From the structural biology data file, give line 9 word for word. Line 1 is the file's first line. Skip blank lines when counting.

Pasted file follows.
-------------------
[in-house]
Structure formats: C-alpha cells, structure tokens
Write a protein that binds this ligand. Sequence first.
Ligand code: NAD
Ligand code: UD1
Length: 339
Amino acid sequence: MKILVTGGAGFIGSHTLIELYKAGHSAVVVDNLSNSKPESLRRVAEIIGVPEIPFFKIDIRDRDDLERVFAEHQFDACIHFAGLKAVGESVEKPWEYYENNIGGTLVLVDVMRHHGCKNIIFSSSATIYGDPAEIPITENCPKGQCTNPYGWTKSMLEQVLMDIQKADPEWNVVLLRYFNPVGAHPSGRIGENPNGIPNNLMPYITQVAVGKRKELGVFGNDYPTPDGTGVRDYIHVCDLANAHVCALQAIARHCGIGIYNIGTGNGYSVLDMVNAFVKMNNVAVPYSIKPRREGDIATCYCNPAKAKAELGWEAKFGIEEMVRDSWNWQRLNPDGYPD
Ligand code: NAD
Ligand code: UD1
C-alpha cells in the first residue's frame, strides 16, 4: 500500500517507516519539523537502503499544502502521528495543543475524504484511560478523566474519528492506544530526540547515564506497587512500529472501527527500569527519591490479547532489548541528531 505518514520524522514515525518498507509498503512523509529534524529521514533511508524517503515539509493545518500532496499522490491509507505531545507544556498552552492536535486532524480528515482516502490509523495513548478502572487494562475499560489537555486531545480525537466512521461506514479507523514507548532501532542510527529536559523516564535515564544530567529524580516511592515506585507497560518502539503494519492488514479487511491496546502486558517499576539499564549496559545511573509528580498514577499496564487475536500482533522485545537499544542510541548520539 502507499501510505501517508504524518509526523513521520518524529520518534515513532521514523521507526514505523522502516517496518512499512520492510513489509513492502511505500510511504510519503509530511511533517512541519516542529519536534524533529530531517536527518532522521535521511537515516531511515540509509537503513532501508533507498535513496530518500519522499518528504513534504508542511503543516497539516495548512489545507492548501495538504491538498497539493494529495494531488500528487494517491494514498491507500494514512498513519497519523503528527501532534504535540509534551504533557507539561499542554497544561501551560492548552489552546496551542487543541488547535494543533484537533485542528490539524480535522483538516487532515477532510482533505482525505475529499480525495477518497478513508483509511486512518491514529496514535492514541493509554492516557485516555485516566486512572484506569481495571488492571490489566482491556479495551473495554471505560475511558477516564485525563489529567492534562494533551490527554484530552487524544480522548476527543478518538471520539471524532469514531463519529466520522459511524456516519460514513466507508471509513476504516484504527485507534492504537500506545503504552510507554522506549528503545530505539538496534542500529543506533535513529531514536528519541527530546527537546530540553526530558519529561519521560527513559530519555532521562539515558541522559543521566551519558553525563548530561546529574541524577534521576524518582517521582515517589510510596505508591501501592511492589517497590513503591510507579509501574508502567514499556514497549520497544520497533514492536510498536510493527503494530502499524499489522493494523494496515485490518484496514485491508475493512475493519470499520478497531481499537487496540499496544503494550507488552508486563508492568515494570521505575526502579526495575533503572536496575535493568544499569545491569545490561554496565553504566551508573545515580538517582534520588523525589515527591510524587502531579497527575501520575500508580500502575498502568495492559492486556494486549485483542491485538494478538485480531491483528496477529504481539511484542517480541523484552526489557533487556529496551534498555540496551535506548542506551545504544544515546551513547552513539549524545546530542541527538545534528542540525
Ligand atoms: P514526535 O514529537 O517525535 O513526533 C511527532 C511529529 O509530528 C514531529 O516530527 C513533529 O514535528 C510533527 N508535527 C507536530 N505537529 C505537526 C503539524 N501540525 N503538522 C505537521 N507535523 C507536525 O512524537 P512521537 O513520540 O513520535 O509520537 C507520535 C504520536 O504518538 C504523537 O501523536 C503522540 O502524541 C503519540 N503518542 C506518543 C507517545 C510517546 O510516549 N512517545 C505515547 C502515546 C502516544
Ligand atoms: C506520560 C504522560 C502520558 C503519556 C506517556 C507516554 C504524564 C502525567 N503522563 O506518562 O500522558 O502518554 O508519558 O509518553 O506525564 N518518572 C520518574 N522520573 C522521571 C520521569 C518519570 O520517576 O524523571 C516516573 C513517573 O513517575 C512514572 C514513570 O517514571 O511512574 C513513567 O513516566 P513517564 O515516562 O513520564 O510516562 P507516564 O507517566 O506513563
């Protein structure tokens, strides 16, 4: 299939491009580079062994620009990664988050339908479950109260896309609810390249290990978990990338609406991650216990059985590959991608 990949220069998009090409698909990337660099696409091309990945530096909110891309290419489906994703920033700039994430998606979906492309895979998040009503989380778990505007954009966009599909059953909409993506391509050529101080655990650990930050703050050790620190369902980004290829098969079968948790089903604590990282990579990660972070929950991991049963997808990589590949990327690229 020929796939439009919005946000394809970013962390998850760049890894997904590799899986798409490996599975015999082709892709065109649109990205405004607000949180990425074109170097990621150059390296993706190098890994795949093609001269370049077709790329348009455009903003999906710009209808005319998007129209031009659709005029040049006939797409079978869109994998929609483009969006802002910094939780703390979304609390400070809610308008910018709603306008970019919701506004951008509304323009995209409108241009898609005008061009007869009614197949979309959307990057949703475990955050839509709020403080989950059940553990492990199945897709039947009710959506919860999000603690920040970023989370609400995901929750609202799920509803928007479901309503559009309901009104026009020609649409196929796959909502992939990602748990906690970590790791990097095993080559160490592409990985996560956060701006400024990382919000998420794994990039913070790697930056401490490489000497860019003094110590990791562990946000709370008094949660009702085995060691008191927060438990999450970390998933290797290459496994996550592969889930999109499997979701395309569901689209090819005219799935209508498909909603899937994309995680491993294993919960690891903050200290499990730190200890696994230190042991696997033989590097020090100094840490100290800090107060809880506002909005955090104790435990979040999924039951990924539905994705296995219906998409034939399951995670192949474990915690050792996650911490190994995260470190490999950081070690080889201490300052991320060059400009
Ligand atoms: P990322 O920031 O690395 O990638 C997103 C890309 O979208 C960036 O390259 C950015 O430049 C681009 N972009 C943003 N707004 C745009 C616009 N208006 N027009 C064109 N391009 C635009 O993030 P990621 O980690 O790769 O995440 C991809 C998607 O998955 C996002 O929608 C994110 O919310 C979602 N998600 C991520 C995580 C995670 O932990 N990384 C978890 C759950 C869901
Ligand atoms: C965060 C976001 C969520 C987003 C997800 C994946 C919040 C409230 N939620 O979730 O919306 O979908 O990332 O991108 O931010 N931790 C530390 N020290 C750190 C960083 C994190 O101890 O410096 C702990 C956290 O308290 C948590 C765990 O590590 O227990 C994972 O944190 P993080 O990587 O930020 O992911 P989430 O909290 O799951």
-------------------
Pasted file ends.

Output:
Ligand code: UD1